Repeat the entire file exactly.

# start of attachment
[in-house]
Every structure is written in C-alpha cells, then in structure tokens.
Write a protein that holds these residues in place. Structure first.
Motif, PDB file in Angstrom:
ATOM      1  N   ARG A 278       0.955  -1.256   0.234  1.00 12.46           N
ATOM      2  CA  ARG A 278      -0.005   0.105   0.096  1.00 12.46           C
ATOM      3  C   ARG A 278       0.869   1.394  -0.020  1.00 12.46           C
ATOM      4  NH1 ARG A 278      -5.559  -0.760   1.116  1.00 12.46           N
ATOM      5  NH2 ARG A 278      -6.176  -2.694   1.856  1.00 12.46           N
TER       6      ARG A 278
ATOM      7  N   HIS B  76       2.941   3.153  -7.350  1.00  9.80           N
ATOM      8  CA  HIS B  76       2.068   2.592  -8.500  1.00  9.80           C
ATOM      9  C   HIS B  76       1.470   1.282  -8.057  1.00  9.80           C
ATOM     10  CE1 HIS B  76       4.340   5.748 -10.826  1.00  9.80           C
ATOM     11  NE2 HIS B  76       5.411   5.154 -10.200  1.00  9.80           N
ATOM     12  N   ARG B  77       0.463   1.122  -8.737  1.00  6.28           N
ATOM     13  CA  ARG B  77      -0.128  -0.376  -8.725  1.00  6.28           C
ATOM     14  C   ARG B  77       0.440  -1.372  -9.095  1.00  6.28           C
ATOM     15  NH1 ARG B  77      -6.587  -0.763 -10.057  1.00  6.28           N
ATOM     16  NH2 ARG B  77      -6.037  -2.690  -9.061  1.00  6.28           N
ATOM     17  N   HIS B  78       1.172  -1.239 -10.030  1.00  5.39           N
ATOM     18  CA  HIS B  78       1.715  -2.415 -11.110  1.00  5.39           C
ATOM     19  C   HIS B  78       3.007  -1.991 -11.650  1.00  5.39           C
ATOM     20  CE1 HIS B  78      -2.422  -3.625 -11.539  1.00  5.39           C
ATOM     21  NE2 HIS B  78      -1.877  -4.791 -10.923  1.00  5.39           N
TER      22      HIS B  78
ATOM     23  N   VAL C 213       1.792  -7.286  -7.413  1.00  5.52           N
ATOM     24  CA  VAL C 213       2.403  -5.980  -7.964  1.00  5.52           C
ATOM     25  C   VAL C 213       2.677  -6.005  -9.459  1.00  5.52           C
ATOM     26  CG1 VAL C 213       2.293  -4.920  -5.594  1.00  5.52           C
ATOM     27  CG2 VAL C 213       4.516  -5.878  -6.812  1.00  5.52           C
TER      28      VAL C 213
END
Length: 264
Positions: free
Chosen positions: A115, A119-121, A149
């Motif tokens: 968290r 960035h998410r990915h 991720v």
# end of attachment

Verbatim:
[in-house]
Every structure is written in C-alpha cells, then in structure tokens.
Write a protein that holds these residues in place. Structure first.
Motif, PDB file in Angstrom:
ATOM      1  N   ARG A 278       0.955  -1.256   0.234  1.00 12.46           N
ATOM      2  CA  ARG A 278      -0.005   0.105   0.096  1.00 12.46           C
ATOM      3  C   ARG A 278       0.869   1.394  -0.020  1.00 12.46           C
ATOM      4  NH1 ARG A 278      -5.559  -0.760   1.116  1.00 12.46           N
ATOM      5  NH2 ARG A 278      -6.176  -2.694   1.856  1.00 12.46           N
TER       6      ARG A 278
ATOM      7  N   HIS B  76       2.941   3.153  -7.350  1.00  9.80           N
ATOM      8  CA  HIS B  76       2.068   2.592  -8.500  1.00  9.80           C
ATOM      9  C   HIS B  76       1.470   1.282  -8.057  1.00  9.80           C
ATOM     10  CE1 HIS B  76       4.340   5.748 -10.826  1.00  9.80           C
ATOM     11  NE2 HIS B  76       5.411   5.154 -10.200  1.00  9.80           N
ATOM     12  N   ARG B  77       0.463   1.122  -8.737  1.00  6.28           N
ATOM     13  CA  ARG B  77      -0.128  -0.376  -8.725  1.00  6.28           C
ATOM     14  C   ARG B  77       0.440  -1.372  -9.095  1.00  6.28           C
ATOM     15  NH1 ARG B  77      -6.587  -0.763 -10.057  1.00  6.28           N
ATOM     16  NH2 ARG B  77      -6.037  -2.690  -9.061  1.00  6.28           N
ATOM     17  N   HIS B  78       1.172  -1.239 -10.030  1.00  5.39           N
ATOM     18  CA  HIS B  78       1.715  -2.415 -11.110  1.00  5.39           C
ATOM     19  C   HIS B  78       3.007  -1.991 -11.650  1.00  5.39           C
ATOM     20  CE1 HIS B  78      -2.422  -3.625 -11.539  1.00  5.39           C
ATOM     21  NE2 HIS B  78      -1.877  -4.791 -10.923  1.00  5.39           N
TER      22      HIS B  78
ATOM     23  N   VAL C 213       1.792  -7.286  -7.413  1.00  5.52           N
ATOM     24  CA  VAL C 213       2.403  -5.980  -7.964  1.00  5.52           C
ATOM     25  C   VAL C 213       2.677  -6.005  -9.459  1.00  5.52           C
ATOM     26  CG1 VAL C 213       2.293  -4.920  -5.594  1.00  5.52           C
ATOM     27  CG2 VAL C 213       4.516  -5.878  -6.812  1.00  5.52           C
TER      28      VAL C 213
END
Length: 264
Positions: free
Chosen positions: A115, A119-121, A149
């Motif tokens: 968290r 960035h998410r990915h 991720v």